Singer Was Bush's Mystery Dinner Host. No, Not That Singer.
The mystery is solved. Thanks to a devoted Loop Fan, we now know that the host of Friday's $1.4 million Republican National Committee fundraiser at the famed Beresford co-op in New York -- headlined by President Bush -- was none other than Paul Singer, the hedge fund billionaire and renowned "vulture capitalist."
Singer, a mega-donor for Republicans and conservative causes over the years, has pumped out more than $2.6 million in contributions over the past decade, according to a records search, to folks such as John McCain, Tom DeLay, Mitch McConnell, Christine Todd Whitman and dozens of others. He was a big promoter of Rudy Giuliani's late presidential campaign and gave $5,000 to Swift Boat Veterans for Truth back in 2004.
Singer also has been one of the top money guys for Progress for America, an ostensibly independent political committee that promoted Bush's policies and political agenda, giving, all told, $1.5 million. The only Democrats on Singer's favored list seem to be Chuck Schumer and Bill Bradley.
So why should the White House or Republican National Committee not want to advertise that Singer was the host of such a fabulous luncheon -- 70 folks at $20,000 a pop?
Maybe it's his media nickname, "vulture capitalist," coined because his firm buys up debt held by Third World countries at a discount, then sues them to force repayment in full, sometimes for even more than the original amount.
Singer has said that buying "sovereign distressed debt" in such places as Peru or Congo serves the purpose of requiring countries to comply with contracts and that the countries can afford to pay but refuse to do so. Besides, it's less than 2 percent of his 31-year-old, $9.8 billion hedge fund.
But what would Bush's other friend Bono, the rocker and African debt-relief activist, who has strongly criticized such transactions, say if he knew?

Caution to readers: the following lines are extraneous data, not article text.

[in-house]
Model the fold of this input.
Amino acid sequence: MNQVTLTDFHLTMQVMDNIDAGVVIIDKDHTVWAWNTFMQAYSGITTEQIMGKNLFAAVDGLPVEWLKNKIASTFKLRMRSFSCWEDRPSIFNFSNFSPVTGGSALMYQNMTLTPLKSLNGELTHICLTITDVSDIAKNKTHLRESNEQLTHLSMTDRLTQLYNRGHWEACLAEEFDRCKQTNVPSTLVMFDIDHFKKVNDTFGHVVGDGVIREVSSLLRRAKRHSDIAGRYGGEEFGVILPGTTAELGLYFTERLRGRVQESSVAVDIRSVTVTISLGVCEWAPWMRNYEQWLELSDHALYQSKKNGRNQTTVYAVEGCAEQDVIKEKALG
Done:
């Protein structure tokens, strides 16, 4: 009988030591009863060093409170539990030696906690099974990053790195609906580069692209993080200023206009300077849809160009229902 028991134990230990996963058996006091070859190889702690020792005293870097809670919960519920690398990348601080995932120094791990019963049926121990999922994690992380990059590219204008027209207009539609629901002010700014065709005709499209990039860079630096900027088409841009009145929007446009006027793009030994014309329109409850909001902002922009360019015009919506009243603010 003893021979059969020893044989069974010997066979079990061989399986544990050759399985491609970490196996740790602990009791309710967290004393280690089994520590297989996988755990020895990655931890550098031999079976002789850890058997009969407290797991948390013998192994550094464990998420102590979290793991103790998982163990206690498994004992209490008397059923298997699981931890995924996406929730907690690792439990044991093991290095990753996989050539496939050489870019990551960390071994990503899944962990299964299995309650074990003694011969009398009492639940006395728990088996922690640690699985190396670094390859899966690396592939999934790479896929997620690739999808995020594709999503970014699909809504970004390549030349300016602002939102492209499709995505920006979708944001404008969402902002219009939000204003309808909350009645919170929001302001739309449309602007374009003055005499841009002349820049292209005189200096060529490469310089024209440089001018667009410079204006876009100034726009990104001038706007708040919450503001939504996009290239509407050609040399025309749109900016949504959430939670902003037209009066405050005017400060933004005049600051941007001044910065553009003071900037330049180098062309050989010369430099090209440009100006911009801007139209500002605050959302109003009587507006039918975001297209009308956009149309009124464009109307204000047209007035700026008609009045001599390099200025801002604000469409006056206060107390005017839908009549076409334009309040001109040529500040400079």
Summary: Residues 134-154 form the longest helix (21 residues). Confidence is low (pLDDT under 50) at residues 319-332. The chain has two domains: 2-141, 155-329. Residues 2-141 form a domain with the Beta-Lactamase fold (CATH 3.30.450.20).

New Erasure Head Crowned
And now, the winner of the National Security Archive's fourth annual Rosemary Award, named for President Richard M. Nixon's secretary, Rose Mary Woods, and her magnificent stretch, which caused that "accidental" erasure of 18 1/2 minutes of a key Watergate tape.
This year's winner -- and it wasn't a close call -- goes to the Treasury Department, which Archive Director Tom Blanton hailed for bringing "a new meaning to the notion of subprime performance" in its handling of Freedom of Information Act requests.
Instead of answering the requests, Blanton said, Treasury just keeps asking people if they still really want the information and often "actually destroys the original request letters the way [Woods] erased the tapes." One Archive request is 21 years old.
A 1997 Archive request asked for information about the Clinton administration's certification that Mexico was working against drug trafficking. Treasury responded in 2001, 2004 and 2007, but only to ask if the Archive was still interested in the information. The agency has sent the Archive 74 such "Are you still . . .?" letters for 42 different requests in the past seven years.
The agency also asked for another copy of the request because the original had been, a la Woods, "destroyed." (Blanton said that's something the agency has done 42 times for other requests.) And Treasury then closed the file without taking action, because so much time had gone by that the stuff had been retired to the National Archives, which Blanton said often happens.